AT&T Encourages Employees to Cry About Net Neutrality to FCC

Gizmodo is reporting that AT&T sent out a letter to employees encouraging them, along with their families, to protest the FCC's net neutrality rules. It was said the letter even encouraged the use of the employees private email instead of their company email. For them to stoop this low makes it pretty obvious they are not to hip to the idea of net neutrality. Gizmodo later updated their post with the following:


blockquote>AT&T says that the letter was sent to "U.S. managers only" and that they "were providing important information to our employees, and it was up to them to respond personally. If they use their company email that is fine, too."

Their reply is pretty laughable as if sending this letter to "U.S. managers only" makes it any better. While I don't have issues here in Chicago with AT&T's service, some of their antics really are mind boggling.

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  • Internet Backbone Providers wanting to squeeze every penny they can. It's sad really :(
  • Truthfully who cares if AT&T tell their managers to do that it's just like telling all your friends
    to vote for some contestant on reality tv it's their opinion that they don't like the FCC rules let them speak out against it. I don't find this low at all
  • @Jeremy
    The reason for the "managers only" reply is that US federal law specifically bars companies from encouraging hourly workers to vote for a specific candidate, while allowing such encouragement for management and executives. That same set of laws also allows "dissemination of information" to all employees as long as it is not advocacy.
    While it is unclear whether those laws apply to federal policies as well as elections, with that reply AT&T is trying to send a message that they are obeying the strict letter of that law in either case.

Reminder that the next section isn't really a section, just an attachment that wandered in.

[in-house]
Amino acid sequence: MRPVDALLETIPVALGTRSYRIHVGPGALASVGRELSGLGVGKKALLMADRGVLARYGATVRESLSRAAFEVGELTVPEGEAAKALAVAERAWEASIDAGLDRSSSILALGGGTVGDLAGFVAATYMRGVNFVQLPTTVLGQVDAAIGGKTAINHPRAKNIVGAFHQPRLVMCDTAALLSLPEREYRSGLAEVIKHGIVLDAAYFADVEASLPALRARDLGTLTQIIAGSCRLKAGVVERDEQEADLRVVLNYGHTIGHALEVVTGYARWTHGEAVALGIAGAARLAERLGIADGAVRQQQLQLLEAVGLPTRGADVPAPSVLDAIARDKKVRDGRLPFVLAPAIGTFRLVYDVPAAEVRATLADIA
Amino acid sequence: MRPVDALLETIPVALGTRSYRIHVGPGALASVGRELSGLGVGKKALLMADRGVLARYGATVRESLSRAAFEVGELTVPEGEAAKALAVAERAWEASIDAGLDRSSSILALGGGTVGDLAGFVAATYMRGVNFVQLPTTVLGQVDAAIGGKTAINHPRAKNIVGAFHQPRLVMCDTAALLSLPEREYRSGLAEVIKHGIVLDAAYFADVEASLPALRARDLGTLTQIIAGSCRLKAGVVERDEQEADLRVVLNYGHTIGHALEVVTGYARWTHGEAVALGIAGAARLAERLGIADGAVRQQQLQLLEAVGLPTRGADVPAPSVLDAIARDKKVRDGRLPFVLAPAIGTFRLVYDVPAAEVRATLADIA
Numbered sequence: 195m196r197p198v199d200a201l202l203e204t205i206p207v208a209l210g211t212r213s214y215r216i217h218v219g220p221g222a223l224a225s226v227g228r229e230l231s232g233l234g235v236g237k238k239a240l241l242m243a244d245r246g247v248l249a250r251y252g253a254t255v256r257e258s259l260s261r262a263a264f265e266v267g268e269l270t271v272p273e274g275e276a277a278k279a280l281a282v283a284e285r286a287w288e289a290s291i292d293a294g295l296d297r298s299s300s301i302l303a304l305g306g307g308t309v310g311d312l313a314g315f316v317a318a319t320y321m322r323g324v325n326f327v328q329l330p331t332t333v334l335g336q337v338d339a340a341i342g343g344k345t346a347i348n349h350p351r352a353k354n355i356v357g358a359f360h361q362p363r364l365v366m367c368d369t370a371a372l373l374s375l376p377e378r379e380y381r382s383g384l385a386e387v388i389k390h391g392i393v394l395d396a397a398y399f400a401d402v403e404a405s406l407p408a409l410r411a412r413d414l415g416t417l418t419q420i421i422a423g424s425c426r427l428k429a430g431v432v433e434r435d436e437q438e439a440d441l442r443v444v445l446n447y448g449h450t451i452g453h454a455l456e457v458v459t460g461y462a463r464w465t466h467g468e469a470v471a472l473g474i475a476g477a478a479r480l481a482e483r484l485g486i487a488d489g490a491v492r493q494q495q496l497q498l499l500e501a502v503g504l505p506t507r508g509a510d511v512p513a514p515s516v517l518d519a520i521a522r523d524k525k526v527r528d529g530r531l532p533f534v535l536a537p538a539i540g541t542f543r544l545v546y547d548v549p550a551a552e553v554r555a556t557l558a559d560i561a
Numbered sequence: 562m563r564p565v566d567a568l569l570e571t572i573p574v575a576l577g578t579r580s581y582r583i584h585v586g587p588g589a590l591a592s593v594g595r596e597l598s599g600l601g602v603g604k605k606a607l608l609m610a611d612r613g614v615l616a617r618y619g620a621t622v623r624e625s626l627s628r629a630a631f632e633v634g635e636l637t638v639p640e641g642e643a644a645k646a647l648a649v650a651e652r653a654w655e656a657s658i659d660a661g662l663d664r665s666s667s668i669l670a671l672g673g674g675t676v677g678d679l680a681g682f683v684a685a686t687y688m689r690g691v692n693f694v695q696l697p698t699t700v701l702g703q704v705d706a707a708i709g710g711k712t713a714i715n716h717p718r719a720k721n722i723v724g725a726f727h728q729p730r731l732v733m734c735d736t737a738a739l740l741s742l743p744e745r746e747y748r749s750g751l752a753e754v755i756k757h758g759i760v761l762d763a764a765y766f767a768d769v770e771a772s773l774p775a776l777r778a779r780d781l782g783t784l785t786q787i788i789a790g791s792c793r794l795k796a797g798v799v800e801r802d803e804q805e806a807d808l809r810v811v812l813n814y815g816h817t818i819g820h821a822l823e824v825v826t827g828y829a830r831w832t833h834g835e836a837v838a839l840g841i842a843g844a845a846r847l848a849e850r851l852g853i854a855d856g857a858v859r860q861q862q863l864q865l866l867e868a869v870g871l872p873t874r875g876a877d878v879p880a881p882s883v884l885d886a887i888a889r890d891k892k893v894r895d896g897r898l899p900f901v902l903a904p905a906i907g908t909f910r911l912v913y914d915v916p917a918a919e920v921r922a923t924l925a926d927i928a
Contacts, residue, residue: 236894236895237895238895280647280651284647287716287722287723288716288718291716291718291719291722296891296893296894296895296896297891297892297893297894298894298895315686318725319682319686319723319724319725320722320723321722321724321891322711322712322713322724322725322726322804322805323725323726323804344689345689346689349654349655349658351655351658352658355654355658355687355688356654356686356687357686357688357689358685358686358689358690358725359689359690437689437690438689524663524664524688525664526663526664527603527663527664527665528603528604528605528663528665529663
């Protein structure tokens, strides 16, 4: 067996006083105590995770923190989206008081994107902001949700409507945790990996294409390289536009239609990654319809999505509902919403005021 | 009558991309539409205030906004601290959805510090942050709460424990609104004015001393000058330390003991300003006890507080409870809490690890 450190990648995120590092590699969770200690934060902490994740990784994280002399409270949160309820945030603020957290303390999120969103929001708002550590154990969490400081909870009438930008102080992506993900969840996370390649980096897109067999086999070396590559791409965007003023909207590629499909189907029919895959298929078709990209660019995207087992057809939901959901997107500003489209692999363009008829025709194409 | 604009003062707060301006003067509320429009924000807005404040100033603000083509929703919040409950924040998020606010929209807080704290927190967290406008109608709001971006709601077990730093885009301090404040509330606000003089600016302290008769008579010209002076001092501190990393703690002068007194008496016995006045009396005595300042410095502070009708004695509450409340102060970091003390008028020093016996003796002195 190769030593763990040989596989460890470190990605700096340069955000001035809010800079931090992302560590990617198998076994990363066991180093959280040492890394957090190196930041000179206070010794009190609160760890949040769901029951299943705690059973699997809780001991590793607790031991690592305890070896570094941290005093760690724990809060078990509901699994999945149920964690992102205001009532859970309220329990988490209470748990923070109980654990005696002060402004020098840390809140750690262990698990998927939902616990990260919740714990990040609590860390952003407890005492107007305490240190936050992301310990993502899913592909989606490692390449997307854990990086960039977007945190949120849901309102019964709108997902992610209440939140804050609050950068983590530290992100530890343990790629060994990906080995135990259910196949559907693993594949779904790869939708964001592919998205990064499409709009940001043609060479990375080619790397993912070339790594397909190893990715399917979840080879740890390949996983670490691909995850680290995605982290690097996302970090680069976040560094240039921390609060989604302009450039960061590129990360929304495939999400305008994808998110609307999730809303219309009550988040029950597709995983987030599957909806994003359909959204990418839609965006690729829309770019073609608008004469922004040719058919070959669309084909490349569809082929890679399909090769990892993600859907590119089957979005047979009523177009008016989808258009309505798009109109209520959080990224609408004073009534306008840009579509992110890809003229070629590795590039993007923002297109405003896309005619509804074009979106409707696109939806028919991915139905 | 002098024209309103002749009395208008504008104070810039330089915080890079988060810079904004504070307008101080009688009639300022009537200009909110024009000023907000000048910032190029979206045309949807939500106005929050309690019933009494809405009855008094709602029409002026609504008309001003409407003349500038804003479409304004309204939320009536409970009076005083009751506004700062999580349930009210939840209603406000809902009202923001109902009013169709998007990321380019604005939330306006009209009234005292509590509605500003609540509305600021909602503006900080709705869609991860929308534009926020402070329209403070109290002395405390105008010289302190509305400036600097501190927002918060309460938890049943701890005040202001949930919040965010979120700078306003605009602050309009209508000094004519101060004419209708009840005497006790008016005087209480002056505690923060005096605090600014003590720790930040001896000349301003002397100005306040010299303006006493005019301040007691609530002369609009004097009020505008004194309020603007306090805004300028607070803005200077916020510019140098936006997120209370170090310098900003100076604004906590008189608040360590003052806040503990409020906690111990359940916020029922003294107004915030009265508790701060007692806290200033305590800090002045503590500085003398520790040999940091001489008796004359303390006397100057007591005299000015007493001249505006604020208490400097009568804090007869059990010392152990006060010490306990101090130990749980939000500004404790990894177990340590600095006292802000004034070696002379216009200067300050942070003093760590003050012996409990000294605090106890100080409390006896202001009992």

• I can't wait till net neutrality passes and the GOVERNMENT gets involved, and screws it up even more.
    What will you idiots have to say then?
  • I'll say "at least AT&T will no longer be taking several hundred billions in subsidies for broadband, and then, when they fail to provide what they agreed when they took the money, spend several million lobbying to get the definition of broadband lowered to a small fraction of what it was when the accepted the money."
  • Net Neutrality is another leftist scheme that will only drive rates up for everybody. Having said that, I now expect the Comrades to cry and try to prove Im am idiot with their government-provided 'facts'.
  • A about a year ago ebay emailed me encourage me to write my congressmen/senator to support net neutrality. They even had a pre-written letter all ready to go, I just had to print it out, sign, and mail.
  • You guys here who work for ATT and some of the other companies opposed to Net Neutrality so that your company can continue to throttle competing network protocols can go collect your 50 cents from your company PR department now.
    You know who you are.
  • I can't wait for Net Neutrality!!! Grow up people.
  • As soon as ANY other provider gets the iPhone, you can stick AT&T with a fork because they're done.
  • Net neutrality isnt all its cracked up to be. Its puts UNREALISTIC expectations on data providers like the cell carriers, which will only drive up usage and cause an even worse situation then there is now.
    You think there are data issues now? Wait until anyone can do whatever they please with it and see how fast your service will degrade. There will be no way, billions in profits or not, that the carriers will be able to keep up with the demand.
    Money ISNT the only issue here, things take time- permits from cities, land leases, tower construction, equipment upgrades, etc. Outside of money, expansion and upgrades take TIME. People seem to forget this and ONLY focus on the profits the carriers are making.
    Dont think for a second the day net neutrality hit that youd have better service. Actually itd probably be pretty poor for quite a while until the carriers caught up- years.
    Im sorry, but strict net neutrality is a pipe dream and not realistic. Some of the concepts should be adopted, but being strict to the theories is impossible.
  • i'm more shocked that besides google, verizon and comcast actually support net neutrality.
    out of all the companies verizon, and comcast, want net neutrality is shocking.
    as for att, go to hell with your teir pricing. diaff.
  • @Klmsu19:
    You are totally off base here.
    You think there are data issues now? Wait until anyone can do whatever they please with it and see how fast your service will degrade.
    Nothing in net neutrality says you get unlimited bandwidth.
    All Net Neutrality says is you can do any legal thing that you want with the bandwidth you pay for.
    If you want to avoid long distance charges to foreign countries you can call your friends overseas using skype on your iPhone without ATT saying NO.